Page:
According to a new report by The Wall Street Journal, support for diversity, equity, and inclusion (DEI) initiatives across corporations is wearing down. As a result, most people simply don’t care about a diverse workplace. With the Supreme Court ruling on June 29th that colleges and universities cannot use race as the basis of admissions, it reinforced the workplace mindset.
Their poll uncovered that 32% of workers considered working at an ethnically diverse company “very important” to them, but 38% said it was “not too/not at all important.” They also discovered that 26% found an “equal mix of men and women” to be “very important” to 26% of workers, with 44% reporting it wasn’t important at all. Back in 2022, a Gallup survey found that 84% of companies would be pouring extra funds into DEI projects. Yet in 2023, that number plunged to 59%.
With the Supreme Court ruling, many companies are wondering if this could happen to their hiring practices in the future. Even though employment is supposed to be all about the best person for the job, companies have been forced to pour more and more effort into the idea of keeping the number of minorities and women employed in a company on par with their other workers.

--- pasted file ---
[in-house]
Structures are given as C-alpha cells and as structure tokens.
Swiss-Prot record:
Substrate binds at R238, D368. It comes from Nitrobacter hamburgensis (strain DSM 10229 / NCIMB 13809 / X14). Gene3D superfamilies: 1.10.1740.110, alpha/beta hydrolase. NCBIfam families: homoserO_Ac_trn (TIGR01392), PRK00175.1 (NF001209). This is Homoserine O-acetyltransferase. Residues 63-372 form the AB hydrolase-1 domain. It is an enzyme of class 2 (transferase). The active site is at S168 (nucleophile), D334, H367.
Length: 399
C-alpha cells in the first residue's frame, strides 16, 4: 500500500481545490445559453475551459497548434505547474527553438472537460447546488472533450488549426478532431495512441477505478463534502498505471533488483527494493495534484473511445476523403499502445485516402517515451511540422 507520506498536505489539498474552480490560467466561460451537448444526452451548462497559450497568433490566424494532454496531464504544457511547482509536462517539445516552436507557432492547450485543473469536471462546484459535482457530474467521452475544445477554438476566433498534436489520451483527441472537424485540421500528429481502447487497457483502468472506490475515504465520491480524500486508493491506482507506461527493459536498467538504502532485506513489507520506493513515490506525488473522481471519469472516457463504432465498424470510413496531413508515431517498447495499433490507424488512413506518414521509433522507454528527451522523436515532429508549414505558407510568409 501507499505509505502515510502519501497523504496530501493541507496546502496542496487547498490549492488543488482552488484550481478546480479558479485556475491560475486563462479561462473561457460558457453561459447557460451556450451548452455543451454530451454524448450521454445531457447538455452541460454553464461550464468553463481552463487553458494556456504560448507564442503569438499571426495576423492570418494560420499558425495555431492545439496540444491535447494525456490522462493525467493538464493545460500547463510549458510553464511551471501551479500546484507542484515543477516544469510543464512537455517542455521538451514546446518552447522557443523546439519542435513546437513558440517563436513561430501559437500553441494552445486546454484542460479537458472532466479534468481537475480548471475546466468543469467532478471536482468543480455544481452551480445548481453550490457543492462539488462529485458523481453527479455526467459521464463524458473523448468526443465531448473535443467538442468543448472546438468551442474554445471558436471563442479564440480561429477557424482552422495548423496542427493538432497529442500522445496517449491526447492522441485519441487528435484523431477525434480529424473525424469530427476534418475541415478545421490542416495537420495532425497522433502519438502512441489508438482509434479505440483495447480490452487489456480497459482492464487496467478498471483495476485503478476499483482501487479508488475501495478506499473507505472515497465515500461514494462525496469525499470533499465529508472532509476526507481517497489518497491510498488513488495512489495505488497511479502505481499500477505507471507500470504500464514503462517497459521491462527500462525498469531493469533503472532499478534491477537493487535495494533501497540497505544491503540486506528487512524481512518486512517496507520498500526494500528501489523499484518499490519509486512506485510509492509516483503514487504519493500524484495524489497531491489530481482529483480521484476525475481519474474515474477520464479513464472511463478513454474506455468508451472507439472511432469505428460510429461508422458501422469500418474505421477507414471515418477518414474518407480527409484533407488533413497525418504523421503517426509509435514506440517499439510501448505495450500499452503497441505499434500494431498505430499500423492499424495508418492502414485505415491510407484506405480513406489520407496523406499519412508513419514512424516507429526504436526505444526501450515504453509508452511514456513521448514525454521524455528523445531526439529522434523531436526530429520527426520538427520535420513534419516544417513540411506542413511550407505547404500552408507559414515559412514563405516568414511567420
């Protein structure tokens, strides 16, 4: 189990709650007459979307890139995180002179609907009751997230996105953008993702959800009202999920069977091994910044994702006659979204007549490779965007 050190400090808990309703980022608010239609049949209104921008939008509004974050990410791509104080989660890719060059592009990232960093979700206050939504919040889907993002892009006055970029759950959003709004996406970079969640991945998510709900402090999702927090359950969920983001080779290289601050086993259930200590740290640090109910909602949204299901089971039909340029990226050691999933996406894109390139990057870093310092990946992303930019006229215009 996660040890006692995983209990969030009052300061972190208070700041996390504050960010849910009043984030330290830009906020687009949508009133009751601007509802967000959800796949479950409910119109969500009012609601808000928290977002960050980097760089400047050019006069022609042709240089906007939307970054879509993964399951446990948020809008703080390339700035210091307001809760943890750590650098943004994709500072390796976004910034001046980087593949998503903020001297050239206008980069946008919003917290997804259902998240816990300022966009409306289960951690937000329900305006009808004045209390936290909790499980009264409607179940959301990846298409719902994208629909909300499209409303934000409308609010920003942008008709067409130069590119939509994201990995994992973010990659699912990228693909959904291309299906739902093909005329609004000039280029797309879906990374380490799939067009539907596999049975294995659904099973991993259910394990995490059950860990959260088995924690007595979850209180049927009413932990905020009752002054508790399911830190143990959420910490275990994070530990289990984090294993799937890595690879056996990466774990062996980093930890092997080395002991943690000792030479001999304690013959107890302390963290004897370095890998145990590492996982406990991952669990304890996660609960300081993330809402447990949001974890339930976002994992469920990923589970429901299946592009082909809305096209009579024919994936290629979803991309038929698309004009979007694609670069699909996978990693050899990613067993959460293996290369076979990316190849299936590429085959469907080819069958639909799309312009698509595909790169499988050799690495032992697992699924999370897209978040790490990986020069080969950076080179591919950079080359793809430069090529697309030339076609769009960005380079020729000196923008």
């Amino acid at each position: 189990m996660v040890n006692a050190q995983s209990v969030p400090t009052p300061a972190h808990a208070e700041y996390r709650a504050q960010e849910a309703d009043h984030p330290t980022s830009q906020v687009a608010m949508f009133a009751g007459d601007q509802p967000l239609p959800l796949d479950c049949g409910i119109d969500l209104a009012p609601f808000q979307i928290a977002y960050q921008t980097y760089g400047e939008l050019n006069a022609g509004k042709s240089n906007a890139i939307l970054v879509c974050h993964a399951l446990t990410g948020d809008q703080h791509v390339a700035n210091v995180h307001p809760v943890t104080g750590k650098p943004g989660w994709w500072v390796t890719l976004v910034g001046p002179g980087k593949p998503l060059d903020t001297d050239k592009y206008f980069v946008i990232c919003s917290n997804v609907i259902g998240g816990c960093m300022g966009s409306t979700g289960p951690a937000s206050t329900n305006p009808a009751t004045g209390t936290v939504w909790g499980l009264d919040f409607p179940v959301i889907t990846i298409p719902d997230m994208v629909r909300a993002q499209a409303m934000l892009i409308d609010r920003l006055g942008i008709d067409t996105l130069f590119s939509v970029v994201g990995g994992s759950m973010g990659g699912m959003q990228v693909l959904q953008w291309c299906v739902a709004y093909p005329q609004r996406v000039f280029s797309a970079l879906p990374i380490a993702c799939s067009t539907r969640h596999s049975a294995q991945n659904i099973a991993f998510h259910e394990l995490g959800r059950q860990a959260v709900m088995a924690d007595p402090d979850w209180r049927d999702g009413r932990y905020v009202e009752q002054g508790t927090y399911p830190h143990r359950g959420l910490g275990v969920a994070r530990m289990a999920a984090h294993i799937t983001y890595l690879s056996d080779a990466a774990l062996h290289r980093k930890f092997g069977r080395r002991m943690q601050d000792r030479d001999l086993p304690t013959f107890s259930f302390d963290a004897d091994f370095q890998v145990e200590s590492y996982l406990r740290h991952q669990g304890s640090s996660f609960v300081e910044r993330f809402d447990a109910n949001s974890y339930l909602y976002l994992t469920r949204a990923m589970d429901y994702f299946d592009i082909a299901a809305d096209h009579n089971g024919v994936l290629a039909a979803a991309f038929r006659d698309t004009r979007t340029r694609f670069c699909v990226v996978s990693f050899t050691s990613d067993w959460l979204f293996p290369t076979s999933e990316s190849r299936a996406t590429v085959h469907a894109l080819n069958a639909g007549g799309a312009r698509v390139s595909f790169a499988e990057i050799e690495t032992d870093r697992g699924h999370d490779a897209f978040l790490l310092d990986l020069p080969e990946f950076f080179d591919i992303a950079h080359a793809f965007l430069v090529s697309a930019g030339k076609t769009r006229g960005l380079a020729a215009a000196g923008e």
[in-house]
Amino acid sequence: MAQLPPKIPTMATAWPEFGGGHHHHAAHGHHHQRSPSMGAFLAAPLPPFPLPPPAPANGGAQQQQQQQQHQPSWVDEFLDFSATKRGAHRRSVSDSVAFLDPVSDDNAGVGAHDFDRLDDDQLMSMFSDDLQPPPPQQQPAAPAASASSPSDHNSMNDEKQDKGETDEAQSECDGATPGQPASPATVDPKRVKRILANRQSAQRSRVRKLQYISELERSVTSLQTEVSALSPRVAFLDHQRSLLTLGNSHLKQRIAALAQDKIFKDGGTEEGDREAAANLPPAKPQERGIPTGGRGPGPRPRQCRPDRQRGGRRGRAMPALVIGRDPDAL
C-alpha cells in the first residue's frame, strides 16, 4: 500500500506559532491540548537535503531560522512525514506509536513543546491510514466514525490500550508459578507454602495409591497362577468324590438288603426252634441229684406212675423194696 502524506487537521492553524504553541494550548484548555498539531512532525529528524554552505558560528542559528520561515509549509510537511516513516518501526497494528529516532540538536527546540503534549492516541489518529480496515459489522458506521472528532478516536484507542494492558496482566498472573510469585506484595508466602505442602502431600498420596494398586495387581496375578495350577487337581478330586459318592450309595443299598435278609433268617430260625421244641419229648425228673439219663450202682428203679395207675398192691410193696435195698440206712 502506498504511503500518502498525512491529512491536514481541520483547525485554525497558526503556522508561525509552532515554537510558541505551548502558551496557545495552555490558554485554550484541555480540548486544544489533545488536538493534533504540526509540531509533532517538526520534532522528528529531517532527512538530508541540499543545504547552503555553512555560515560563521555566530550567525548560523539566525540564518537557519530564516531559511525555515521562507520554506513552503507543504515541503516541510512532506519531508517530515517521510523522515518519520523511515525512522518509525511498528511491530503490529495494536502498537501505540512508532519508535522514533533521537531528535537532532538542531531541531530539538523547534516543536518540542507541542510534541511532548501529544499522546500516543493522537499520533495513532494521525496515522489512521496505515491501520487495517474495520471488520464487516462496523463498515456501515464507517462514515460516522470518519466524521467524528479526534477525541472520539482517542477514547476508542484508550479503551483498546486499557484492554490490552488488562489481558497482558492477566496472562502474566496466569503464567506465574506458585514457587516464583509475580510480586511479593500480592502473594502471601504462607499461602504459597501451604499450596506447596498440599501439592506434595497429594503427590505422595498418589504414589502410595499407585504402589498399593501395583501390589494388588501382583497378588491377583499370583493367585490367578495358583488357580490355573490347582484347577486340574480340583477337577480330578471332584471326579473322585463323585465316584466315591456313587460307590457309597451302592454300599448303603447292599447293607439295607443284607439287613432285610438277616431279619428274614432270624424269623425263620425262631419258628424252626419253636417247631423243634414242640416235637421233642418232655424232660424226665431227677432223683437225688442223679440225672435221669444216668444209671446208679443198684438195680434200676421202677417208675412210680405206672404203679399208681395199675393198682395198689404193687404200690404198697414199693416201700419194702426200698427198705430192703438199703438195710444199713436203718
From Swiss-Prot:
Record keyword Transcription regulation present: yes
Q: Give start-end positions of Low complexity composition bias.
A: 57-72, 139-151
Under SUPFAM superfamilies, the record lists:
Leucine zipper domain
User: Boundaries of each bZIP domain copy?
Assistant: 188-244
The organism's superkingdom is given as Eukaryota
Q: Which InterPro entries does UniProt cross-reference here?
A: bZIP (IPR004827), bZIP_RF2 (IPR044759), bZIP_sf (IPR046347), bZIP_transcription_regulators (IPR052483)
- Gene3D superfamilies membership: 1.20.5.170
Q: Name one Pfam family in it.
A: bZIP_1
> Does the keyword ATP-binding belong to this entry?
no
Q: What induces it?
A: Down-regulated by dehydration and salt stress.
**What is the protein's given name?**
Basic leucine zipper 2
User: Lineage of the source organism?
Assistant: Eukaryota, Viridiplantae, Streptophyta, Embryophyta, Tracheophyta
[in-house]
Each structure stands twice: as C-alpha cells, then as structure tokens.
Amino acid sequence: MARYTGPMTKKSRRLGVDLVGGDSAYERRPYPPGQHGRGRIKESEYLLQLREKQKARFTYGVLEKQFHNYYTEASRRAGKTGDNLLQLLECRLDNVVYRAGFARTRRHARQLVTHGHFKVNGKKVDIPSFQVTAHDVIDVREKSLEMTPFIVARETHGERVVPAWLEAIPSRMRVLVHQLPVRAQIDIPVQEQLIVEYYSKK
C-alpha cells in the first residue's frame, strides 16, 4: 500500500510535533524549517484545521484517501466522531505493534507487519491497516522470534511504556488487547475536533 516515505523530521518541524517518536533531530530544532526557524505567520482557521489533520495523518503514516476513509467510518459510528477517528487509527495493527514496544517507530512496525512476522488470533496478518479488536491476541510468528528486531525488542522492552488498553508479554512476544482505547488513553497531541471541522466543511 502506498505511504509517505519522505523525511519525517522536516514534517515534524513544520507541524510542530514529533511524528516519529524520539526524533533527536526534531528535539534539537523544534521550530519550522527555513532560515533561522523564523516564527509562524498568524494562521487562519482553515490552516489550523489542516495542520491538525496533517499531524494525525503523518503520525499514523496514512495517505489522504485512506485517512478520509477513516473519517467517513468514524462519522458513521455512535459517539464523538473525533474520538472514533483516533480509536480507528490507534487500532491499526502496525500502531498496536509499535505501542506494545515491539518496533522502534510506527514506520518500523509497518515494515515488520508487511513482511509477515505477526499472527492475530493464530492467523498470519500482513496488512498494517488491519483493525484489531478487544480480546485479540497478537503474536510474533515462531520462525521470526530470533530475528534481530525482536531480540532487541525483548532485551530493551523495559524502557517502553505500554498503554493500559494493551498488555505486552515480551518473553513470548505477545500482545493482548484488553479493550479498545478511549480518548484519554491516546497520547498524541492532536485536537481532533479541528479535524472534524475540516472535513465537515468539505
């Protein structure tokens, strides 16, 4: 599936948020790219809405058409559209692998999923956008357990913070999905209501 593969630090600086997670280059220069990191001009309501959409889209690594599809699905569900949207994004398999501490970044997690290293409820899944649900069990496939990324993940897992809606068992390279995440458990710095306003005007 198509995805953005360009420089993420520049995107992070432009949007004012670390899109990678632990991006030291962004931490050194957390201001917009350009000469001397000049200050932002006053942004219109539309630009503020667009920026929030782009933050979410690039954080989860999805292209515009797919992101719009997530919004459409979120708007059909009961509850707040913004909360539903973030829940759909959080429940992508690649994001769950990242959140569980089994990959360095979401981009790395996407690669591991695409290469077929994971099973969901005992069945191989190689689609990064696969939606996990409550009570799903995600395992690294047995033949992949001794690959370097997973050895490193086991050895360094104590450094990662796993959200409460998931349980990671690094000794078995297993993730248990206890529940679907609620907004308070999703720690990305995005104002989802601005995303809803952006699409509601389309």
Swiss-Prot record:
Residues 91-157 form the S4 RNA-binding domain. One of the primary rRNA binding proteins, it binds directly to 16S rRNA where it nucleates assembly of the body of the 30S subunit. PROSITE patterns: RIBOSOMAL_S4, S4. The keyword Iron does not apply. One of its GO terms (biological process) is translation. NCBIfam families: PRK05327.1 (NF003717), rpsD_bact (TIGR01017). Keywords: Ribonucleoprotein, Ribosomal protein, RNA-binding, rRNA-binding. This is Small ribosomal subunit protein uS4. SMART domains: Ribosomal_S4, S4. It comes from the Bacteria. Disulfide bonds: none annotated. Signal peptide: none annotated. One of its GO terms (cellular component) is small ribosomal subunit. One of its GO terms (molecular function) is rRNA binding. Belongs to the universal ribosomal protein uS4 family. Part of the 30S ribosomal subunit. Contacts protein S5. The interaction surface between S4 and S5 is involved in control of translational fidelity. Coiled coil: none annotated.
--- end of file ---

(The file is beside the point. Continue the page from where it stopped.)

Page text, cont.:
This has sent the cost of goods skyrocketing, and in many cases, it means the best candidate has been passed over countless times simply to keep the numbers rolling along. By encouraging companies to abandon the DEI incentives, we are telling them that the melting pot of the globe doesn’t need a stuffy HR rep forcing diversity on us. We can find it ourselves, and the best and brightest will make themselves known enough to get here.